Trait reactance and trust in doctors as predictors of vaccination behavior, vaccine attitudes, and use of complementary and alternative medicine in parents of young children

Anna Soveri, Linda Karlsson, Otto Mäki, Jan Antfolk, Otto Waris, Hasse Karlsson, Linnea Karlsson, Mikael Lindfelth, Stephan Lewandowsky

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Abstract

Objective: The aim of the present study was to investigate whether anti-vaccination attitudes and behavior, and positive attitudes to complementary and alternative medicine (CAM), are driven by trait reactance and a distrust in medical doctors.

Methods: The sample consisted of 770 Finnish parents who filled out an online survey. Structural equation modeling (SEM) was used to examine if trait reactance plays a role in vaccination decisions, vaccine attitudes, and in the use of CAM, and whether that relationship is mediated by trust in medical doctors.

Results: Parents with higher trait reactance had lower trust in doctors, more negative attitudes to vaccines, a higher likelihood of not accepting vaccines for their children and themselves, and a higher likelihood to use CAM treatments that are not included in evidence-based medicine. Our analyses also revealed associations between vaccination behavior and CAM use and vaccine attitudes and CAM use, but there was no support for the previous notion that these associations would be explained by trait reactance and trust in doctors.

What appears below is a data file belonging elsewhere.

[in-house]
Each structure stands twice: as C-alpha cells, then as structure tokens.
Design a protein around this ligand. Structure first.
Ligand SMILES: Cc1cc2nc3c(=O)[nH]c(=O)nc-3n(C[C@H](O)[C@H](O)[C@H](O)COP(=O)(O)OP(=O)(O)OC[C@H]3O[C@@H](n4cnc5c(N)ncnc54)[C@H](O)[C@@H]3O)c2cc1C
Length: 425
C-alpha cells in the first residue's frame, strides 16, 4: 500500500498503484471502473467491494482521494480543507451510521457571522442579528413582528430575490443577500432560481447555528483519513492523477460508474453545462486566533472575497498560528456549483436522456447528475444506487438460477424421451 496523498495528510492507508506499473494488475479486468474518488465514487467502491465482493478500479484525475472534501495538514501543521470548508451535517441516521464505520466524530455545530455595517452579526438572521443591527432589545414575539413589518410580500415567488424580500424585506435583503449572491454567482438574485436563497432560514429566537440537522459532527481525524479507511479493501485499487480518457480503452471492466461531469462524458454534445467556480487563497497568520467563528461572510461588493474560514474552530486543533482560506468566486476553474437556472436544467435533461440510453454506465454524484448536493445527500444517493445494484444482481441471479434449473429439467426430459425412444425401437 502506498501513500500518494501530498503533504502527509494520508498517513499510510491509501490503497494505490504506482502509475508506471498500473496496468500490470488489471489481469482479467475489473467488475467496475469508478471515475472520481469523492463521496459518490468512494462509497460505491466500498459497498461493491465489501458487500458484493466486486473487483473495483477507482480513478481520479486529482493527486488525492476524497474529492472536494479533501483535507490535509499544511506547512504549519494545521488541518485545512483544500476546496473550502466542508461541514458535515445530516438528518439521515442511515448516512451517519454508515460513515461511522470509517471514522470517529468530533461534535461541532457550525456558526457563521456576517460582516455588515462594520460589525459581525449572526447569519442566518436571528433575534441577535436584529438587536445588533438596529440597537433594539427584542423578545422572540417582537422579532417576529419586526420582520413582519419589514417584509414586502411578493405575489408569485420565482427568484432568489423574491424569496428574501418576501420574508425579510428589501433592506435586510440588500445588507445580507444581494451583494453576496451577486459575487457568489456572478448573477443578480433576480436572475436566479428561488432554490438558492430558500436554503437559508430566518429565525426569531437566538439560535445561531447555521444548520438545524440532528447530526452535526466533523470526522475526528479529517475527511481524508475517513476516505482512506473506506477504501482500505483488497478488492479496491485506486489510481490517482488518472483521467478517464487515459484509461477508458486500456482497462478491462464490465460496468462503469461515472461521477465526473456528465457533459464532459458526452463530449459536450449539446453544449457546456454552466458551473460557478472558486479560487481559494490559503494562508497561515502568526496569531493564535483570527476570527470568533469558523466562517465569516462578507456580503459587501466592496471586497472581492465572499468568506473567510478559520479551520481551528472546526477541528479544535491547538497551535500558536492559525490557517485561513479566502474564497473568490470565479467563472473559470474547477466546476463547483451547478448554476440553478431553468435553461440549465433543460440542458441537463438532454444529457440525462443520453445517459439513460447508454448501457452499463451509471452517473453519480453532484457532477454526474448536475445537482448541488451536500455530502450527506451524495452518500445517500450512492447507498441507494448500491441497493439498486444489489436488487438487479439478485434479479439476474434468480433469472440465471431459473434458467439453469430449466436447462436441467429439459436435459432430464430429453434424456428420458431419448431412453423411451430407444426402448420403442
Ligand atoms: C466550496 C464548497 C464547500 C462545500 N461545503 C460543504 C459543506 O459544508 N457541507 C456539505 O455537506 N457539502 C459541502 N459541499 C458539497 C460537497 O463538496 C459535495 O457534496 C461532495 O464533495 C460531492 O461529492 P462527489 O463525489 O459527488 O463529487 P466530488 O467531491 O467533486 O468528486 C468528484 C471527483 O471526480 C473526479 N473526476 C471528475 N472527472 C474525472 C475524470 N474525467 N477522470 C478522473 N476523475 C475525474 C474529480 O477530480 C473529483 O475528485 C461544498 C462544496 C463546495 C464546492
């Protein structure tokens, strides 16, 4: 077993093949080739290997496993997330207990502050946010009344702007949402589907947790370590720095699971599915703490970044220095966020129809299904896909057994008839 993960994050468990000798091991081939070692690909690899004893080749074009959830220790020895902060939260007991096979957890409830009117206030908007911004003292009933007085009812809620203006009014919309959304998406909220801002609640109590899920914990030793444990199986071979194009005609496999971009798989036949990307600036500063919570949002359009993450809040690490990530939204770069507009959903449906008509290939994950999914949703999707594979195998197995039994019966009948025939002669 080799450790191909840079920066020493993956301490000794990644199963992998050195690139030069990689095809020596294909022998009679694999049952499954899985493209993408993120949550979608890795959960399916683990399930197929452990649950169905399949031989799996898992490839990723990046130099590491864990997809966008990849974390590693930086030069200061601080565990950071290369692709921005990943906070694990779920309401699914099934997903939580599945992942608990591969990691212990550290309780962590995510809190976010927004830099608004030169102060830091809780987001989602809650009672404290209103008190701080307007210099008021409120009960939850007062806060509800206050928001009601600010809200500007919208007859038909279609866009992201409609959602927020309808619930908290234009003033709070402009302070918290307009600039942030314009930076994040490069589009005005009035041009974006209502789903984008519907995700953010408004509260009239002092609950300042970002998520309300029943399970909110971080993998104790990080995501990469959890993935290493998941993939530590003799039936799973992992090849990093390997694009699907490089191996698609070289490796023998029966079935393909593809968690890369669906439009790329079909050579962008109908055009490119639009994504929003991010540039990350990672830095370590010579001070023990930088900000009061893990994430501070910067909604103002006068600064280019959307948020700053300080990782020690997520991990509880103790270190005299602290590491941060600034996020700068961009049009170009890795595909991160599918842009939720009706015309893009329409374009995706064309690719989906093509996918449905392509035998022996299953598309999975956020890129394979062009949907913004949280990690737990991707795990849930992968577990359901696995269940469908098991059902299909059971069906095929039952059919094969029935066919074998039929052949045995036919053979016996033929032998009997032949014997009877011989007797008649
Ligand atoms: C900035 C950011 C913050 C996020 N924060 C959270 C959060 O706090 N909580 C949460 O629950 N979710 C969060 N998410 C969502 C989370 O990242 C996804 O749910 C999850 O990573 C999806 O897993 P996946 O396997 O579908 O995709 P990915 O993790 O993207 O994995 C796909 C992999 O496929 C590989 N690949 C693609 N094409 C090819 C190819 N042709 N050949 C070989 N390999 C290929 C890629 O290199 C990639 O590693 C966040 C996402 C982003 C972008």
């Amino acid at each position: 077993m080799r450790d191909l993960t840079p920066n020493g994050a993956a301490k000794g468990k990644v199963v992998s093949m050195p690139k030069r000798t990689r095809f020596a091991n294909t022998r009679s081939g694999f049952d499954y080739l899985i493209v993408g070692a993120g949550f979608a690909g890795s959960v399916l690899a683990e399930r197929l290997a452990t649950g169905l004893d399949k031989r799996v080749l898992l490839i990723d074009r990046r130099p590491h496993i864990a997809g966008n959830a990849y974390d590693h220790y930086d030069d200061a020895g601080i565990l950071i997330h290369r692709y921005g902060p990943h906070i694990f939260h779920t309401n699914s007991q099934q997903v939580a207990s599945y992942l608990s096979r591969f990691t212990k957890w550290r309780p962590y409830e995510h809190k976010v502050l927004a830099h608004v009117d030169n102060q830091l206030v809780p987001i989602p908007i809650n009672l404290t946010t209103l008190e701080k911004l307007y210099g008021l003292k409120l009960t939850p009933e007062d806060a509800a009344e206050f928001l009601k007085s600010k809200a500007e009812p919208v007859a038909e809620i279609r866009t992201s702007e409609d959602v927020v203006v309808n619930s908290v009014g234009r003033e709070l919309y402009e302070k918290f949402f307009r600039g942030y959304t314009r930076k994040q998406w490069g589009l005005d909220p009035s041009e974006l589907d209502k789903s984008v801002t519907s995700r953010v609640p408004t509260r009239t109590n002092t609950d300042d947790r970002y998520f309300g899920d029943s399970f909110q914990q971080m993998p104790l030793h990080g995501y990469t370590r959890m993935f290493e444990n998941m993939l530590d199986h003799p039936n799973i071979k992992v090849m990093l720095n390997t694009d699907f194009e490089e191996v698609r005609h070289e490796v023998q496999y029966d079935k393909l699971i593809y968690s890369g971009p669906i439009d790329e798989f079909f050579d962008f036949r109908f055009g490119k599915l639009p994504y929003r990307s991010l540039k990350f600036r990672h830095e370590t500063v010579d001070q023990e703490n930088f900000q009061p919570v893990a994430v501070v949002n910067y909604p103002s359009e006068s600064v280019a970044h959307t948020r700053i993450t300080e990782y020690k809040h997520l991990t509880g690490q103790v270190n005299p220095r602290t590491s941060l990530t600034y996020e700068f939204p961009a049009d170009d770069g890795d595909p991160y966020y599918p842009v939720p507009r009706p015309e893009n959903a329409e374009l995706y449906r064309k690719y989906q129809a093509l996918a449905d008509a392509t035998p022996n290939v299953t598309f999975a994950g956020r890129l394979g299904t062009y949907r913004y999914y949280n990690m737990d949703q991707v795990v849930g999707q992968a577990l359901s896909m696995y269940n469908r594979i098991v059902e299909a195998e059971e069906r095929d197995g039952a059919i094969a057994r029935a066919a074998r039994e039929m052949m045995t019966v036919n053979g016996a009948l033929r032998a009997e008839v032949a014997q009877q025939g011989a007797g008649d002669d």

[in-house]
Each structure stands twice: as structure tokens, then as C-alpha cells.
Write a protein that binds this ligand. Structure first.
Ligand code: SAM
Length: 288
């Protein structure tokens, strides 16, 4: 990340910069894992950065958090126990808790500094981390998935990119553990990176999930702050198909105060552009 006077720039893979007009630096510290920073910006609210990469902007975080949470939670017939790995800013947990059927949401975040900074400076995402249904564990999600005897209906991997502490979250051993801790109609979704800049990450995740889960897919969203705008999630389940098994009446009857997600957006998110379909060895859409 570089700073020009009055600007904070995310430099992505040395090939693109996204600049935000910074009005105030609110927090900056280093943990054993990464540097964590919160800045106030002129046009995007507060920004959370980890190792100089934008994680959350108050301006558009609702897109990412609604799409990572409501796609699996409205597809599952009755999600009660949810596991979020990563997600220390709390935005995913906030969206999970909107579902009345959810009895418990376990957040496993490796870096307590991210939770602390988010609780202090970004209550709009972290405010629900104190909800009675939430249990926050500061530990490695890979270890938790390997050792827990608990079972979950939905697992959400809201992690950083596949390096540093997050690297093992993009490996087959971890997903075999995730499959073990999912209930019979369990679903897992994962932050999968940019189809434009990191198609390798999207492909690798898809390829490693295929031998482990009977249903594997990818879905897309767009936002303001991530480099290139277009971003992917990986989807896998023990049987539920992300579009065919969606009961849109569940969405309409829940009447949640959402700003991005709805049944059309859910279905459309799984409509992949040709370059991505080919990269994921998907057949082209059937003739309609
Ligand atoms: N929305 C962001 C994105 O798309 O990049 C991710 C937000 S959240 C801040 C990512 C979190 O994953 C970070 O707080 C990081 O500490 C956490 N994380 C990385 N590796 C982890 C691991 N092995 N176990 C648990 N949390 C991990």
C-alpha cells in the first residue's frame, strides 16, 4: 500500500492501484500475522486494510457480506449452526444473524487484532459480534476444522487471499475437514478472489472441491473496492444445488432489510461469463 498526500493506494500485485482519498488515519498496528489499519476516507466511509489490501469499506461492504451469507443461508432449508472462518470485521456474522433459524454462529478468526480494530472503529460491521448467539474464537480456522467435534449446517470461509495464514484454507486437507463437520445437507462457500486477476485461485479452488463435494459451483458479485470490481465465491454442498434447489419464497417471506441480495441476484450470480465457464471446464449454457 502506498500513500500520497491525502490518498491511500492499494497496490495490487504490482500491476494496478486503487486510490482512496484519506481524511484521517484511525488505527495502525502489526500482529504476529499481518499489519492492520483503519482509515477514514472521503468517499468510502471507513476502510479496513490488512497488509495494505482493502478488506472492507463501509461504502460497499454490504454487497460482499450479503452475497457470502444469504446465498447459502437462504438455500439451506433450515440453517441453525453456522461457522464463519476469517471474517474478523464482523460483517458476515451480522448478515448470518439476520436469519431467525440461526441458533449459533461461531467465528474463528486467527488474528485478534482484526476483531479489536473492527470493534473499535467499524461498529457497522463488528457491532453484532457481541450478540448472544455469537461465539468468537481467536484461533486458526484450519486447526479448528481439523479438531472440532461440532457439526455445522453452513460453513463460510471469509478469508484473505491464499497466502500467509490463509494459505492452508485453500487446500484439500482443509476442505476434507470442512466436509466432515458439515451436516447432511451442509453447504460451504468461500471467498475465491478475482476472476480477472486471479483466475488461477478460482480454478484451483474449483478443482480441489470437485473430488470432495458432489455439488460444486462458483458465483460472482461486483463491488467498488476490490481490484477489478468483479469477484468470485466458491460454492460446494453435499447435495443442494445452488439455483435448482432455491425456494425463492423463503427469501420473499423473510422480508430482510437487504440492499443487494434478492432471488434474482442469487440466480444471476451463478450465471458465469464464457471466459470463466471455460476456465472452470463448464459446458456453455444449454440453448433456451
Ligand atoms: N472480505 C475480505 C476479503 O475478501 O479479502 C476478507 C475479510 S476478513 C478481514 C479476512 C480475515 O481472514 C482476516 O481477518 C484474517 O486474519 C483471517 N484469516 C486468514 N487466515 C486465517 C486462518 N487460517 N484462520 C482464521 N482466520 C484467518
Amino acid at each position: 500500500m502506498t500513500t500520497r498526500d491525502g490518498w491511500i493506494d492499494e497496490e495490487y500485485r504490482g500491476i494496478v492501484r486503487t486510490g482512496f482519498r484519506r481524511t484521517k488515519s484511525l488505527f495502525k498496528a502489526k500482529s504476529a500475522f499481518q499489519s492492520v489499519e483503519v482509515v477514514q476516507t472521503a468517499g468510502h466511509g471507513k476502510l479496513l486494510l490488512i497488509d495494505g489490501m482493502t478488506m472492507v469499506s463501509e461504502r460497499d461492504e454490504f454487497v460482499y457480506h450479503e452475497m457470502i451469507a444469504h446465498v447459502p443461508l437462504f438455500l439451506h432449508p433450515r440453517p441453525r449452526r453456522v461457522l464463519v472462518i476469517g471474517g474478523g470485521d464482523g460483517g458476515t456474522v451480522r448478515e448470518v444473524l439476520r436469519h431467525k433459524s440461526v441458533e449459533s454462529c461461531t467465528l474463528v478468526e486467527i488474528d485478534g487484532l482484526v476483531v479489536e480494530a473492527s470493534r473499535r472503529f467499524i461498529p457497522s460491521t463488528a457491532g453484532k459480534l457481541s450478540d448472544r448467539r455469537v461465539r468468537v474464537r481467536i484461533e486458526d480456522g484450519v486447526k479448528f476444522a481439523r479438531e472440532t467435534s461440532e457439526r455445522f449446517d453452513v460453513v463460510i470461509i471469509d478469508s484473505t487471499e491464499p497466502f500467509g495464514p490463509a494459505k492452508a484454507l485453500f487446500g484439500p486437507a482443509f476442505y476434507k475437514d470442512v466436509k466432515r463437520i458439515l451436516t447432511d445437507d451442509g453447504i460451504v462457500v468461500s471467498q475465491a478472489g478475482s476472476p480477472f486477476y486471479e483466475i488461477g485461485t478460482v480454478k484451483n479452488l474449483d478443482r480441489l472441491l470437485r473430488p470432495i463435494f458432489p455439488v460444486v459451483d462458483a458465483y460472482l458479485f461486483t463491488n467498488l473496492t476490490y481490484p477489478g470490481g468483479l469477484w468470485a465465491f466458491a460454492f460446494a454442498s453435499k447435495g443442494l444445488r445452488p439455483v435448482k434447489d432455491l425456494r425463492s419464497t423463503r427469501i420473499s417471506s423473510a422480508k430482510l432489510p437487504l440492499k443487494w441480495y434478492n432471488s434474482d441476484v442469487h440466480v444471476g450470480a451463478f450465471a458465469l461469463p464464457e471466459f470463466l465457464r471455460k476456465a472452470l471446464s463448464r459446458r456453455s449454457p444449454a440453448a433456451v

Conclusions: Taken together, higher trait reactance seems to be relevant for attitudes and behaviors that go against conventional medicine, because trait reactance is connected to a distrust in medical doctors. Our findings also suggest that high trait reactance and low trust in doctors function differently for different people: For some individuals they might be associated with anti-vaccination attitudes and behavior, while for others they might be related to CAM use. We speculate that this is because people differ in what is important to them, leading them to react against different aspects of conventional medicine.
Original languageEnglish
Article numbere0236527
Number of pages16
JournalPLoS ONE
Volume15
Issue number7
DOIs
Publication statusPublished - 27 Jul 2020

Structured keywords

  • Cognitive Science
  • Memory

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